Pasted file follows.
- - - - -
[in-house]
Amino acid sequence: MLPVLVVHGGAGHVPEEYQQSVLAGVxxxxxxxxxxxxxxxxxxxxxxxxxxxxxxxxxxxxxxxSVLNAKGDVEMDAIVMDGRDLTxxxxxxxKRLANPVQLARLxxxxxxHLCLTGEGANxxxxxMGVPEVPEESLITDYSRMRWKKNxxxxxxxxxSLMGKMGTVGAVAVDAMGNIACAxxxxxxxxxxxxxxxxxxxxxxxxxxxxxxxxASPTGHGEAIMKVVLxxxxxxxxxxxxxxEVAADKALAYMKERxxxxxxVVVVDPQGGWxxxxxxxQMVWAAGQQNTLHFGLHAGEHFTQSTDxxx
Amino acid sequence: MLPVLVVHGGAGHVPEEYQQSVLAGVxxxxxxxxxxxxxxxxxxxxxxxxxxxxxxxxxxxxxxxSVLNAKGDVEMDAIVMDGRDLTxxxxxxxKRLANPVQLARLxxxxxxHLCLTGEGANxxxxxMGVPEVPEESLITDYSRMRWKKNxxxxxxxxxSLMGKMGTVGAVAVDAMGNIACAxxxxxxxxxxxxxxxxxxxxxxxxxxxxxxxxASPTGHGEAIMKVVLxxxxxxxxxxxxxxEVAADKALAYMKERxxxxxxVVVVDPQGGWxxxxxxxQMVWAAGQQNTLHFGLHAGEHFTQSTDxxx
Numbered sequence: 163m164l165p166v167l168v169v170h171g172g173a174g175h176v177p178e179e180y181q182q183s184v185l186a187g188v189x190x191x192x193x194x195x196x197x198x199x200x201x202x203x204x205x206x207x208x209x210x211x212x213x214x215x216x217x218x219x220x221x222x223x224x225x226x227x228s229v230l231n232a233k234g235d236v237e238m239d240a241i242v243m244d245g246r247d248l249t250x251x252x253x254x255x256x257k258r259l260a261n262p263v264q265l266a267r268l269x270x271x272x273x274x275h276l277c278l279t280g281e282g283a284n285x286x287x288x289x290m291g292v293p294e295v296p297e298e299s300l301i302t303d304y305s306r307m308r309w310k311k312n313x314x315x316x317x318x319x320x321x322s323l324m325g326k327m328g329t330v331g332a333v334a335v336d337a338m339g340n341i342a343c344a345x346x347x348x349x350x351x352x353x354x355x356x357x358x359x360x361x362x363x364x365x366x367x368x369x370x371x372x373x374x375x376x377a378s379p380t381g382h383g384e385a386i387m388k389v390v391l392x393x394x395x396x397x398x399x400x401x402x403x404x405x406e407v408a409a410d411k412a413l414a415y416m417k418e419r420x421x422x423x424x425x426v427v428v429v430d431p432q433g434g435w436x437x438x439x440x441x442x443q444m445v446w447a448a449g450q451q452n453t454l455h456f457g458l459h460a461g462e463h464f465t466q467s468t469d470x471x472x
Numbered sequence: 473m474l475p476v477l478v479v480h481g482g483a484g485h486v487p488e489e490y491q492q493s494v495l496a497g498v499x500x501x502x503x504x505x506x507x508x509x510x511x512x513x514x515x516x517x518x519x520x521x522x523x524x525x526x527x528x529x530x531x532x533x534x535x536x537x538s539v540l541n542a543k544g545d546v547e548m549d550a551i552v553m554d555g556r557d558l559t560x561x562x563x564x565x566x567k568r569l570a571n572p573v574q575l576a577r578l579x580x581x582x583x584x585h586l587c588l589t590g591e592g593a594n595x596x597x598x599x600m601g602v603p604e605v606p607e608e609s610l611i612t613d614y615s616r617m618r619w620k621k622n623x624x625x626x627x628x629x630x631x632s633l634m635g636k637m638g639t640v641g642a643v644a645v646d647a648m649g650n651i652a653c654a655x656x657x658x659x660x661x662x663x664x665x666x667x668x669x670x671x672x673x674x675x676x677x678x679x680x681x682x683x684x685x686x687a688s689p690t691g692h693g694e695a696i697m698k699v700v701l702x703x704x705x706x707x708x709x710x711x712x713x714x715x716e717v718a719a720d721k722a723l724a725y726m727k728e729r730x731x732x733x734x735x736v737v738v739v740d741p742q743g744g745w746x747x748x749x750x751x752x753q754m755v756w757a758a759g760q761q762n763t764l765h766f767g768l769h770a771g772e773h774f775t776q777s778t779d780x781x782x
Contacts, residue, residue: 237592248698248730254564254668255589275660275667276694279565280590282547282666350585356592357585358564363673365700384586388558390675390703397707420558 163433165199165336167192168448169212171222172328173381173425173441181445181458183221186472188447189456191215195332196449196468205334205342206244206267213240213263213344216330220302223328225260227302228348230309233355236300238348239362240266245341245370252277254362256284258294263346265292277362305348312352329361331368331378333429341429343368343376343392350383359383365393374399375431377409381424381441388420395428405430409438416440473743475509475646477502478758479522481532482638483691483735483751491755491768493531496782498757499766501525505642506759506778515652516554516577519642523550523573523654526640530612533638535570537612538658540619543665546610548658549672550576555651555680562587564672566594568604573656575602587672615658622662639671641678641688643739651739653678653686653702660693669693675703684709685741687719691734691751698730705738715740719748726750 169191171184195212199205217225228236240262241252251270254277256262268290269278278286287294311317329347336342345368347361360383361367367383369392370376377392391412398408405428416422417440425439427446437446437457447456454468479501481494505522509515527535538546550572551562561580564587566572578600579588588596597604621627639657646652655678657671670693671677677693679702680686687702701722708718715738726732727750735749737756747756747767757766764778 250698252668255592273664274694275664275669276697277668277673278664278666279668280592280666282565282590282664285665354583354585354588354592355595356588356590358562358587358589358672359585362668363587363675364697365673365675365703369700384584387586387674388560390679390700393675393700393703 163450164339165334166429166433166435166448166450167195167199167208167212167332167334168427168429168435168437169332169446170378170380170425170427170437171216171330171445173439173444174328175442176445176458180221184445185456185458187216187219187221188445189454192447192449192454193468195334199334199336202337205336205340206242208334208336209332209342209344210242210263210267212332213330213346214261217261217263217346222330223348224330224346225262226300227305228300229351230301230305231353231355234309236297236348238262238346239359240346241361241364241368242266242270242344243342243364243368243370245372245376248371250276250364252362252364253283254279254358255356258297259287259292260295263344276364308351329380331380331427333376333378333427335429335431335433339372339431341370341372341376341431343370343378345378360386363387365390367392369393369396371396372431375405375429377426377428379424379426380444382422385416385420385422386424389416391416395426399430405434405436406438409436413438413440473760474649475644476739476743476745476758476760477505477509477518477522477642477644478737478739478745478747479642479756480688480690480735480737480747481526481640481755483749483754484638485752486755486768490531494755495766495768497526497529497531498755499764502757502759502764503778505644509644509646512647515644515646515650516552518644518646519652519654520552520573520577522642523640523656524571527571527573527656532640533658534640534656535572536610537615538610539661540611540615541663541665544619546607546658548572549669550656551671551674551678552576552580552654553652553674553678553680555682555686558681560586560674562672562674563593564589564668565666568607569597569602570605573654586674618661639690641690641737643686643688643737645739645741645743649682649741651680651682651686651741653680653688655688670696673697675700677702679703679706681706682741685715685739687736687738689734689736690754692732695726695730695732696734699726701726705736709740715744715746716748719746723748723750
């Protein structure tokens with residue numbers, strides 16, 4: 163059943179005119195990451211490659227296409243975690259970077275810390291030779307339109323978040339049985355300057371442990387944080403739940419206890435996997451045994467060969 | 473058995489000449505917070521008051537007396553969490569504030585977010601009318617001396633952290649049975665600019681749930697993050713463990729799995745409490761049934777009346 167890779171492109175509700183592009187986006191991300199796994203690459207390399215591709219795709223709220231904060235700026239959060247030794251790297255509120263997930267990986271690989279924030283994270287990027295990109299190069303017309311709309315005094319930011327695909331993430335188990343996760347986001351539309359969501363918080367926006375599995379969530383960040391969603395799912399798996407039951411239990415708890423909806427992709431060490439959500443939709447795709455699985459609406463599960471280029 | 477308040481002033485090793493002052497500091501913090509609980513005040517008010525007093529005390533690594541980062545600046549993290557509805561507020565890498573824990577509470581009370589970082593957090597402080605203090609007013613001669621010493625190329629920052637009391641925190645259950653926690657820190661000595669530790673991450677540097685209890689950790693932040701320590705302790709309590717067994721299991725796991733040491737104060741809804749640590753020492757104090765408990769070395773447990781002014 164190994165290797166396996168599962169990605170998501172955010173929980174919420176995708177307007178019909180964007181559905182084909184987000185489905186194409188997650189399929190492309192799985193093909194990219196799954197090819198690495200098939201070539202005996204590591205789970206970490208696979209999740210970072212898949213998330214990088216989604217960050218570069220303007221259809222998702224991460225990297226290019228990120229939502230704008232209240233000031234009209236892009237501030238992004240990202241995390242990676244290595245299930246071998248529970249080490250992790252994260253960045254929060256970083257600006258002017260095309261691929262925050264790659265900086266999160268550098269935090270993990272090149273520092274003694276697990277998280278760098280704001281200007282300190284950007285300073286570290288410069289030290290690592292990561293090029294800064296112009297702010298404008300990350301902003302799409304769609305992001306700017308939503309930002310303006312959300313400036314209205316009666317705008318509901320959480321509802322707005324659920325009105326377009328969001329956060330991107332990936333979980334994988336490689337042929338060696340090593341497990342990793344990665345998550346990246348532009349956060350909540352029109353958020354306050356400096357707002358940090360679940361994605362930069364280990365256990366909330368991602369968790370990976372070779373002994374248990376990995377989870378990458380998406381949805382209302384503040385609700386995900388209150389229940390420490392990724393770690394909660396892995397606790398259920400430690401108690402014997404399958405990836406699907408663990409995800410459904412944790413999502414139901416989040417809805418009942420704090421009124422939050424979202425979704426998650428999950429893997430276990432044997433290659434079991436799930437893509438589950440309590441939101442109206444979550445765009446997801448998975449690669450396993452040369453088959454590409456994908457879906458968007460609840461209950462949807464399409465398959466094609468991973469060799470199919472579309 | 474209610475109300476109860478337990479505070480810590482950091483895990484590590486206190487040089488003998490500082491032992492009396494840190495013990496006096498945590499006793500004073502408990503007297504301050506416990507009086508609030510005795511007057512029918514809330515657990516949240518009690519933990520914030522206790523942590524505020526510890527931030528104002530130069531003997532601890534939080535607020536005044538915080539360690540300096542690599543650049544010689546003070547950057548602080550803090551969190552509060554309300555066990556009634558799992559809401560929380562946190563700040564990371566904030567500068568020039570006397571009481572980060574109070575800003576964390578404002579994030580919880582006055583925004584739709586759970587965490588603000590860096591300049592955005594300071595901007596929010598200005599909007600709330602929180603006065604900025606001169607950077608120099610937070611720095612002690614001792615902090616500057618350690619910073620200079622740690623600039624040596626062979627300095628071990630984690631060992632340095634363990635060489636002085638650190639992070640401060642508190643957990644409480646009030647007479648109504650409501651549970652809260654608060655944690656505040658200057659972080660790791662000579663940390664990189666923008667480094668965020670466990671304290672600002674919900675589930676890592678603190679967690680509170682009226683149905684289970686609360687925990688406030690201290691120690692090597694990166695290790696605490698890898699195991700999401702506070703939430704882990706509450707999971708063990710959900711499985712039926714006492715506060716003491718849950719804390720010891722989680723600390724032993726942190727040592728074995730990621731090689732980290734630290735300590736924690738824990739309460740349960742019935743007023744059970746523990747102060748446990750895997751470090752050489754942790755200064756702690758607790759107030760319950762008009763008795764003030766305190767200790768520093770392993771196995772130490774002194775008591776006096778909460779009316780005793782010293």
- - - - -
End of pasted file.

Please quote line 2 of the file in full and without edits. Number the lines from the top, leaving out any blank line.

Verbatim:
Amino acid sequence: MLPVLVVHGGAGHVPEEYQQSVLAGVxxxxxxxxxxxxxxxxxxxxxxxxxxxxxxxxxxxxxxxSVLNAKGDVEMDAIVMDGRDLTxxxxxxxKRLANPVQLARLxxxxxxHLCLTGEGANxxxxxMGVPEVPEESLITDYSRMRWKKNxxxxxxxxxSLMGKMGTVGAVAVDAMGNIACAxxxxxxxxxxxxxxxxxxxxxxxxxxxxxxxxASPTGHGEAIMKVVLxxxxxxxxxxxxxxEVAADKALAYMKERxxxxxxVVVVDPQGGWxxxxxxxQMVWAAGQQNTLHFGLHAGEHFTQSTDxxx